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In certain precincts on the American left — and especially in some places where the far left blurs into the far right — it is considered clever to dismiss the Russia investigation as a relic of the Cold War, an opportunistic Clintonite ploy, or both. These arguments can be found under the bylines of Glenn Greenwald, Max Blumenthal, and in the venerable pages of The Nation magazine, where Russia scholar Steven Cohen and some less venerable figures hold forth on why it’s all a figment of the Democratic imagination.

Today in those same pages, Katha Pollitt, one of the columnists I admire most, sets forth a crisp summary of why this investigation is critical — and exposes the vacuity of the “left-wing” arguments against it.

As Katha points out, Russian meddling in our elections shouldn’t be a partisan issue, nor a platform for continuing skirmishes between Democratic Party factions, As she puts it.

[The] evidence for Russia’s involvement is becoming stronger rather than weaker, a conviction hardly limited to fans of Hillary Clinton. Bernie Sanders himself said, “It is now clear to everyone that agents of the Russian government were, in a disgusting and dangerous manner, actively interfering in the 2016 elections in an effort to defeat Secretary Hillary Clinton.” But we still don’t know—and may never know—how much it mattered, or whether the Trump campaign actually colluded with the Russian government, or whether the Russians wanted Donald Trump to win or just intended to sow chaos or what.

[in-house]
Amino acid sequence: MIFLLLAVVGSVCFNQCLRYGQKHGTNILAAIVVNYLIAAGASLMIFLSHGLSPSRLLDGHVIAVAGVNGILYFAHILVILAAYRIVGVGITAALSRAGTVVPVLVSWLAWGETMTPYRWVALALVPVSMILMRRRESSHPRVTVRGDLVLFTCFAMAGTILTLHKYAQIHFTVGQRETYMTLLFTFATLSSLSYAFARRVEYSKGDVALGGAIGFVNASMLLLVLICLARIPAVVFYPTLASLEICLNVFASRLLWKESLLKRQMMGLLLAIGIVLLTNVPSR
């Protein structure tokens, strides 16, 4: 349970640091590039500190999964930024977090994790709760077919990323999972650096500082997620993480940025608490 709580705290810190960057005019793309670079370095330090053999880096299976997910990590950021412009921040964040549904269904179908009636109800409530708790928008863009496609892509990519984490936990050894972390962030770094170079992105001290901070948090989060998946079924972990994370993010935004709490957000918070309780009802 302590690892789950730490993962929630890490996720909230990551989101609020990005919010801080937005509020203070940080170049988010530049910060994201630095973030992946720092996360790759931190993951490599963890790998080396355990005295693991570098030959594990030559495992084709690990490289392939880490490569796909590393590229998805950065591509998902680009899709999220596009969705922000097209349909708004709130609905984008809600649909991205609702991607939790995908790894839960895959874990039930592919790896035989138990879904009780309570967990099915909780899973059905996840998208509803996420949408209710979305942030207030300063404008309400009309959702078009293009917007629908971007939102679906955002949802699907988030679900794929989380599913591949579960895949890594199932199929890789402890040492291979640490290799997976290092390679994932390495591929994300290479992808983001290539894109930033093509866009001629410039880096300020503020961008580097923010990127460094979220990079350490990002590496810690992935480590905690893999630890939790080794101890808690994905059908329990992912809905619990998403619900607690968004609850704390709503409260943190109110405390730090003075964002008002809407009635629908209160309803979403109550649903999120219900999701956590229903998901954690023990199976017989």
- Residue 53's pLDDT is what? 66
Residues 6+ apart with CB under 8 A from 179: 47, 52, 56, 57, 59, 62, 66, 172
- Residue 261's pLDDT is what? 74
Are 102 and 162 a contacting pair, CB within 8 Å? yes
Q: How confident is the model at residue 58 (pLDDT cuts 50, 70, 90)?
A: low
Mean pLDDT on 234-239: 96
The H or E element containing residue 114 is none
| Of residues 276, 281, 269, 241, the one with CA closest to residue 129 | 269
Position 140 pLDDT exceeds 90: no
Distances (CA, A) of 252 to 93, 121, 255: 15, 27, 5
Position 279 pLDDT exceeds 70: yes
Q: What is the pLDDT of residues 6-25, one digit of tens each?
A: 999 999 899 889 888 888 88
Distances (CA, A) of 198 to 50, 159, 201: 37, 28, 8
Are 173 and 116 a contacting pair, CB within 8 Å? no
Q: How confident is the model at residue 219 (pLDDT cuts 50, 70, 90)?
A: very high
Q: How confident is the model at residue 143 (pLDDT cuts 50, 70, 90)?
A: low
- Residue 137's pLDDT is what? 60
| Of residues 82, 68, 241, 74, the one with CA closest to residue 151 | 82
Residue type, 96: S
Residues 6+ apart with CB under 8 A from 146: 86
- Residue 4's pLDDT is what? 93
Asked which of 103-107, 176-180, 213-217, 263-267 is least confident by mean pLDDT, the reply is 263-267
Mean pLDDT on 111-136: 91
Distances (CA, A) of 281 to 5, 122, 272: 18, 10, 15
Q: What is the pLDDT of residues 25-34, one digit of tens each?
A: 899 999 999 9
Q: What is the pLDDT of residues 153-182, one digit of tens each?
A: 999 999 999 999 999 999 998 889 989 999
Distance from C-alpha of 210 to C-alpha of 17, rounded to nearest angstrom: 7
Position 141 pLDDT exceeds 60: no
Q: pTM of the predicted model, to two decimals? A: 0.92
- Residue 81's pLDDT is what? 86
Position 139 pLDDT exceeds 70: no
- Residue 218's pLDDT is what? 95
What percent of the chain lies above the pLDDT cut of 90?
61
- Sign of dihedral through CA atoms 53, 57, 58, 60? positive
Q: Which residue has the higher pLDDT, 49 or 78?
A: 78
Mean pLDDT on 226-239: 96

Nonetheless, it’s vital that we understand as much as we can about what happened, and that the Mueller investigation continue.

 

 

 

Photo by Biden For President/ CC BY-NC-SA 2.0

Reprinted with permission from TomDispatch

In the two weeks since Election 2020, the country has oscillated between joy and anger, hope and dread in an era of polarization sharpened by the forces of racism, nativism, and hate. Still, truth be told, though the divisive tone of this moment may only be sharpening, division in the United States of America is not a new phenomenon.

Over the past days, I've found myself returning to the words of Dr. Martin Luther King, Jr., who, in 1967, just a year before his own assassination, gave a speech prophetically entitled "The Other America" in which he vividly described a reality that feels all too of this moment rather than that one:

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